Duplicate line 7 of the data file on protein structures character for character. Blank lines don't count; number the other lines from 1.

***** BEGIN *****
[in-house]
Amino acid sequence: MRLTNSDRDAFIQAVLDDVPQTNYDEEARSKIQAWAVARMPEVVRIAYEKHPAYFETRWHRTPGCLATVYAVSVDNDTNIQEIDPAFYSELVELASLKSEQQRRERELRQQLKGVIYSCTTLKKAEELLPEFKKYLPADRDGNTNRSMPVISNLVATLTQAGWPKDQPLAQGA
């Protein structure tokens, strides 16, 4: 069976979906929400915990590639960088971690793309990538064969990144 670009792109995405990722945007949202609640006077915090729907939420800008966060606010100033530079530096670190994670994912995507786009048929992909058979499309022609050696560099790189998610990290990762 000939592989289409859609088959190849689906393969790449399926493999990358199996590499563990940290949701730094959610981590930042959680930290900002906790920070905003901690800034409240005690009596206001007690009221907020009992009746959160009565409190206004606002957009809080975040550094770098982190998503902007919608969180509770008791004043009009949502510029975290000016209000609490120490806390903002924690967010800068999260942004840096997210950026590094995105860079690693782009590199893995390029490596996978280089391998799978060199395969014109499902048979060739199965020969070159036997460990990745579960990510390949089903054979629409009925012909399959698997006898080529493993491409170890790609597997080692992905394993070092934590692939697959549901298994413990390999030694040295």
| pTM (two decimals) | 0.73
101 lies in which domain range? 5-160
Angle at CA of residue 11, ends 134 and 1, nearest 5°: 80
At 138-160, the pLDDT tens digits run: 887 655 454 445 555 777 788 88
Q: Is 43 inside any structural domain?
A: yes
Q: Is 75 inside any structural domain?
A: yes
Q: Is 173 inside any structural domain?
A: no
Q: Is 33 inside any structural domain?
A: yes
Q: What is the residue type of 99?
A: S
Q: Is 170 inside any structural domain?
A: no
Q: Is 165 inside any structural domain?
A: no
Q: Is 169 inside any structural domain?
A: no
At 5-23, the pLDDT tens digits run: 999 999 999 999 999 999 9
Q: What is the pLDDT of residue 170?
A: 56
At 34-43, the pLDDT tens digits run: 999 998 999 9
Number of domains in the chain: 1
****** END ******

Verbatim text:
At 138-160, the pLDDT tens digits run: 887 655 454 445 555 777 788 88